Vince McNamara

Vince McNamara

Professional Baseball Administrator

In 1948, Vincent McNamara was named president of the New York-Penn League, a group of major league farm clubs in some of the smaller cities in Western New York, the Southern tier and Pennsylvania. Thought it had produced some fine players for the major leagues (including Hall of Famer, Warren Spahn who pitched for the Bradford Phillies in 1939), it had become a smaller league by the time McNamara came onto the scene.

When Vince became president, the New York-Penn League, like many other small leagues around the country, was beset with a host of problems, including low pay for players, rundown ballparks, poor equipment, low attendance, and lagging support from some parent clubs. McNamara, a man with a deep love for the game of baseball, was the perfect choice to breathe new life into the league. He became a tireless worker, making changes and fighting for more fan support. He lobbied parent clubs continually for greater backing. Throughout the league he made improvements to increase attendance and help teams to become more solvent. In 37 years as president of the league, he earned a reputation as one of the most respected figures in professional baseball. Cy Williams, a major league scout who knew McNamara, said “I can’t think of any president who works as hard as he does to keep a league going. He’s been a tremendous asset to baseball.”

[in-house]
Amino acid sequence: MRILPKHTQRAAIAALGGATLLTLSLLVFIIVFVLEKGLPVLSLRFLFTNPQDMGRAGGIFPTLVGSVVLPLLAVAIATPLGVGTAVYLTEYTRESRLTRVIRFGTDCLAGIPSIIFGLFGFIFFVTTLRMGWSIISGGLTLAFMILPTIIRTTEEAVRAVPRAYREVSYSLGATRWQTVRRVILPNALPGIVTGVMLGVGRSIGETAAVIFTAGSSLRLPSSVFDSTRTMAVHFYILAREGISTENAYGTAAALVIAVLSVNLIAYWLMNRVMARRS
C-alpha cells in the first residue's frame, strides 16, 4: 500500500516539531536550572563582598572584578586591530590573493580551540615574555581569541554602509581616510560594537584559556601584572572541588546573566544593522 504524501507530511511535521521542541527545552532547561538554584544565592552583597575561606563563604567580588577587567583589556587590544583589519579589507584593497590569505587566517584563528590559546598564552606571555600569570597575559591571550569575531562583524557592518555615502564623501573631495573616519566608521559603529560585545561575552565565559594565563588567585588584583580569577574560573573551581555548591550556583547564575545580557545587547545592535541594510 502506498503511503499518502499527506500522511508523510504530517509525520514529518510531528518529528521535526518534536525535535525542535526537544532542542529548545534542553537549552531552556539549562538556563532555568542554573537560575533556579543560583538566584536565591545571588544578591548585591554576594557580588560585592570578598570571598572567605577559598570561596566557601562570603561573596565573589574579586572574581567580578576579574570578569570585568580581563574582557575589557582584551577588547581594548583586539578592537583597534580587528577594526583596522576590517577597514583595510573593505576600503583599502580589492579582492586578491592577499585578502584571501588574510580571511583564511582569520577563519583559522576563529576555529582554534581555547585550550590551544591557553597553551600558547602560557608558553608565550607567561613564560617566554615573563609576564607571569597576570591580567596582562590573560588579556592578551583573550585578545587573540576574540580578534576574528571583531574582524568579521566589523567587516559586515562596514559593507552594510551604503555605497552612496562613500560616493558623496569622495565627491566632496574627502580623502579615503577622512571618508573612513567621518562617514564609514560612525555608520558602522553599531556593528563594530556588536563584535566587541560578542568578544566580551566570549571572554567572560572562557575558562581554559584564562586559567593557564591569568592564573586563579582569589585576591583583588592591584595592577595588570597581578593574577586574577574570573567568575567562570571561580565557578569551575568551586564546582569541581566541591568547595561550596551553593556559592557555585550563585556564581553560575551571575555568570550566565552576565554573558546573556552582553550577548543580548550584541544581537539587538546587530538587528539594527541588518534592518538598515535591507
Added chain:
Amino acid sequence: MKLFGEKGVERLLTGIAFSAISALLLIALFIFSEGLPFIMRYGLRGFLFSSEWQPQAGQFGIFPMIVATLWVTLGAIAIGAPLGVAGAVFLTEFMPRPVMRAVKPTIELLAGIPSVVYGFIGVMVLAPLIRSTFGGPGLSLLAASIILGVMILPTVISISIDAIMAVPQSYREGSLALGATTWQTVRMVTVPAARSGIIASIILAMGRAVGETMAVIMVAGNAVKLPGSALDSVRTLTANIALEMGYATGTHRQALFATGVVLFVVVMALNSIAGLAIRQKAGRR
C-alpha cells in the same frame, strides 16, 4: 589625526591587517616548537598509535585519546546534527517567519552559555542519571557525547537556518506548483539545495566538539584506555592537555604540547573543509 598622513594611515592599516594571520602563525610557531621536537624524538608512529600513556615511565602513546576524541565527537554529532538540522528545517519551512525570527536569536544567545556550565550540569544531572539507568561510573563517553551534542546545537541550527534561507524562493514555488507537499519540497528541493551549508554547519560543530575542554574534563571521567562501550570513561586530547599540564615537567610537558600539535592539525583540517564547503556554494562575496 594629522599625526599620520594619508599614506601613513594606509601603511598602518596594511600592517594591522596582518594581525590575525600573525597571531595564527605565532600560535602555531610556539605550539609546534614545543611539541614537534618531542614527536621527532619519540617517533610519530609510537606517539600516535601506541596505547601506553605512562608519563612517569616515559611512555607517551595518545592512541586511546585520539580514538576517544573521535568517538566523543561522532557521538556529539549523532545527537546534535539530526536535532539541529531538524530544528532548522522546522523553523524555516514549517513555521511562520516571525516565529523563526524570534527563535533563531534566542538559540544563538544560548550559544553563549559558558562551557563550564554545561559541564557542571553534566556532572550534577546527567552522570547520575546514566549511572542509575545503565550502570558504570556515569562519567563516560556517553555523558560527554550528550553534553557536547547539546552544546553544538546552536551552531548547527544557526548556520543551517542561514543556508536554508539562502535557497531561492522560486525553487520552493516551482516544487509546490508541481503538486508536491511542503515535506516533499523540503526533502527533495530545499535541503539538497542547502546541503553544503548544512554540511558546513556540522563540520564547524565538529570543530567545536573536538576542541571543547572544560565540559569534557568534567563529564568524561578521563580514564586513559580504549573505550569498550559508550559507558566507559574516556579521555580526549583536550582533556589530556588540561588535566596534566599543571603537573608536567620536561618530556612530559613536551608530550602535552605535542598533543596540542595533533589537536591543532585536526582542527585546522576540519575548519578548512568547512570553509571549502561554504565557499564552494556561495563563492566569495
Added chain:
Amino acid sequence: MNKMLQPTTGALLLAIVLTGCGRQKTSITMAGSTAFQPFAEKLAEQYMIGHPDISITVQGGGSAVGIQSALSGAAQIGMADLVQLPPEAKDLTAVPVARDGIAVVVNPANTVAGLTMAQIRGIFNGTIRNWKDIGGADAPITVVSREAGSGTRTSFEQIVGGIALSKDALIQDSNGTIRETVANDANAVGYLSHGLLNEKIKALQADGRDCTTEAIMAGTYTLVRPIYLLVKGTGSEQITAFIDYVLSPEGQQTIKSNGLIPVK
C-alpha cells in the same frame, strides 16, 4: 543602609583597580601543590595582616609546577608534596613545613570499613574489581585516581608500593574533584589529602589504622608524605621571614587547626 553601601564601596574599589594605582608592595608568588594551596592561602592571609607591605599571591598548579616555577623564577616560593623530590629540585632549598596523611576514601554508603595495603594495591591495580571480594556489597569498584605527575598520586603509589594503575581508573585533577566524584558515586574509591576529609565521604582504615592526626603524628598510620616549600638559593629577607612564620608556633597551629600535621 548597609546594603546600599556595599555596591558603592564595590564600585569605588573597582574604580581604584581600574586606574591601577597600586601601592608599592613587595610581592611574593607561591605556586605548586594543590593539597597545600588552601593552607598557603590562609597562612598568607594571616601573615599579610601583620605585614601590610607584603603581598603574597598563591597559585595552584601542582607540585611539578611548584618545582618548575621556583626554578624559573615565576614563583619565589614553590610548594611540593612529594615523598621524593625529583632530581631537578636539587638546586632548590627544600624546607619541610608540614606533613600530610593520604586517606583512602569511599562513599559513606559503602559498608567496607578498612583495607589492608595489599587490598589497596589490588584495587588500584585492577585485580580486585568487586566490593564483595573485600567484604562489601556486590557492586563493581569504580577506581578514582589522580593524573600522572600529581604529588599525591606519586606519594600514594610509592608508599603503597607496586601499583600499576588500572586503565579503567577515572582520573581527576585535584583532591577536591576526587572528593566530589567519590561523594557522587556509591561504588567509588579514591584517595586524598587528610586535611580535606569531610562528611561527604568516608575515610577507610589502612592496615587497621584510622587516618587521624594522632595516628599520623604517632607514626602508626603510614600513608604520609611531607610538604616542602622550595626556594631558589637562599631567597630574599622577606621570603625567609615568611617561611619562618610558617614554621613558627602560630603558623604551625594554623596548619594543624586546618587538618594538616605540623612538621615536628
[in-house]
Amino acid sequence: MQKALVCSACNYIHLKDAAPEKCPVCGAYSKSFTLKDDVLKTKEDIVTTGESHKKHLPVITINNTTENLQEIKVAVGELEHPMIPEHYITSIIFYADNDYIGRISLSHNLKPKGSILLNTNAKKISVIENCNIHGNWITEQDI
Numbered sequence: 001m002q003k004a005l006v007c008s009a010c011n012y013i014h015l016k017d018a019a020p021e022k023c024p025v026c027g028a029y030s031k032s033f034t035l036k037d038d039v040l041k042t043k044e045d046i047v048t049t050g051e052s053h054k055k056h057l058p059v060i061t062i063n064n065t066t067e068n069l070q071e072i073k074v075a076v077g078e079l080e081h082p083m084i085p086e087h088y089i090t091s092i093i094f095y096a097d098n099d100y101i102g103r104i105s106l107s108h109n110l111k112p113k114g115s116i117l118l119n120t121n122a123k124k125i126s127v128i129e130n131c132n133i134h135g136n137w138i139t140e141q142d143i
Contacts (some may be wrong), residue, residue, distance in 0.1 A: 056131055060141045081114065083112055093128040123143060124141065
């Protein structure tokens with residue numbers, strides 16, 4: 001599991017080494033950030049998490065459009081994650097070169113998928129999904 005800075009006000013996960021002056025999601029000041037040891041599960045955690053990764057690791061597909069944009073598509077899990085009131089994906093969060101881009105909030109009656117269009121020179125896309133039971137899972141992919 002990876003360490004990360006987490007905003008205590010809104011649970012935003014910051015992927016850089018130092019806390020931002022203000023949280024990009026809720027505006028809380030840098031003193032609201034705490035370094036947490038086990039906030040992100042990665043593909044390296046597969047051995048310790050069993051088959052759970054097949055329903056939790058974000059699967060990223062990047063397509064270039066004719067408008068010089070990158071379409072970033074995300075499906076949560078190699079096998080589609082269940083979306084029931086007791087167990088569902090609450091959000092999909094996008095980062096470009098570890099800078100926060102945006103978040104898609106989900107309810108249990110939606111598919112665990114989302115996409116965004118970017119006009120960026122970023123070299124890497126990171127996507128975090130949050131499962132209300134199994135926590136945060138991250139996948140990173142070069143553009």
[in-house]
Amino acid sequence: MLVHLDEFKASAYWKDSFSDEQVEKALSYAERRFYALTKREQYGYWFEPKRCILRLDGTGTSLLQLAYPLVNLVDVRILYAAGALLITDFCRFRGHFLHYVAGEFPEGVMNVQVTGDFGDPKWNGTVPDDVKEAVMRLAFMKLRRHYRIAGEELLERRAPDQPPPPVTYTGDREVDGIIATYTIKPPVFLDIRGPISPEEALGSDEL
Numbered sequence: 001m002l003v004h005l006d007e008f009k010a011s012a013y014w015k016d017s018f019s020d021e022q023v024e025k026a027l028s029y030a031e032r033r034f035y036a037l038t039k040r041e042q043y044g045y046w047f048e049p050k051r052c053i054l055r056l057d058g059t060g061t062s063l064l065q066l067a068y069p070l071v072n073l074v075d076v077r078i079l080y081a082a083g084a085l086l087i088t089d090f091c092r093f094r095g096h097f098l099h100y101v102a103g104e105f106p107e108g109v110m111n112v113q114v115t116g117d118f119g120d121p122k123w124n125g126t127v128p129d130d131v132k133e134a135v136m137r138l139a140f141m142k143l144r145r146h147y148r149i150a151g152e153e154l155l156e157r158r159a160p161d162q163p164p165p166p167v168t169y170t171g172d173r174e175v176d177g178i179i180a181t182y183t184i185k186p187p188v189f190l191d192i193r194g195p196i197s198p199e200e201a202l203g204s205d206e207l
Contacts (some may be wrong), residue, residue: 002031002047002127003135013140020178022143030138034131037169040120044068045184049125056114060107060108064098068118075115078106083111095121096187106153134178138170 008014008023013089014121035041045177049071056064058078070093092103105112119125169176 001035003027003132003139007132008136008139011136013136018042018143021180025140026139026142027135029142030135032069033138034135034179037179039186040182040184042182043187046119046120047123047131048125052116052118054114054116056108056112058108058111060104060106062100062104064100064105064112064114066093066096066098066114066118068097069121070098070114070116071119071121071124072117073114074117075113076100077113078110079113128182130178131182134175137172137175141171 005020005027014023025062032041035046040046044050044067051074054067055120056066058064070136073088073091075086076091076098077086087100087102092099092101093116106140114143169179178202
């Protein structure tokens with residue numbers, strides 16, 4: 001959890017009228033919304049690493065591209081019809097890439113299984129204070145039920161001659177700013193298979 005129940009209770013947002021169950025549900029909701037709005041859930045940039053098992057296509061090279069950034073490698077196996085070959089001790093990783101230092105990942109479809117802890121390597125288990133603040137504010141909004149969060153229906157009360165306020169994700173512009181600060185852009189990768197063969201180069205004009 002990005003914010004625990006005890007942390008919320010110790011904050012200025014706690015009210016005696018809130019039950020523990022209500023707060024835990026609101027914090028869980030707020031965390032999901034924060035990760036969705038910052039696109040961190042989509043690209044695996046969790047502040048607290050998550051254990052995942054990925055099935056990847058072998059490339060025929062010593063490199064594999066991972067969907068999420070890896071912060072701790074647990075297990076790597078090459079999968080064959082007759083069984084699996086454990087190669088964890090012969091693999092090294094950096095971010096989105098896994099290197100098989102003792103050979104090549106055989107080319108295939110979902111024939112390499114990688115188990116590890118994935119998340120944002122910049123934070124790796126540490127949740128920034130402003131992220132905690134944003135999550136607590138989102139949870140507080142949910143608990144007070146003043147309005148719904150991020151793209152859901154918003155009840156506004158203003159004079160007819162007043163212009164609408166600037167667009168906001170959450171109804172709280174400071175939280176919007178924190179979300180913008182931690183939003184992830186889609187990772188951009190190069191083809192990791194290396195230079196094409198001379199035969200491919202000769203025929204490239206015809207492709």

For 46 years, McNamara also worked for the Buffalo Parks Department, where he helped redesign the Buffalo Zoo and laid the groundwork for putting a baseball diamond inside War Memorial Stadium. In 1972, the National Association of Professional Baseball Leagues paid tribute to McNamara for his years of service by saluting him as the “King of Baseball.” Many of the minor leagues in existence in 1948 are gone today, but the New York-Penn League is still entertaining fans in Western New York, thanks to McNamara’s hard work, dedication and love for our national pastime.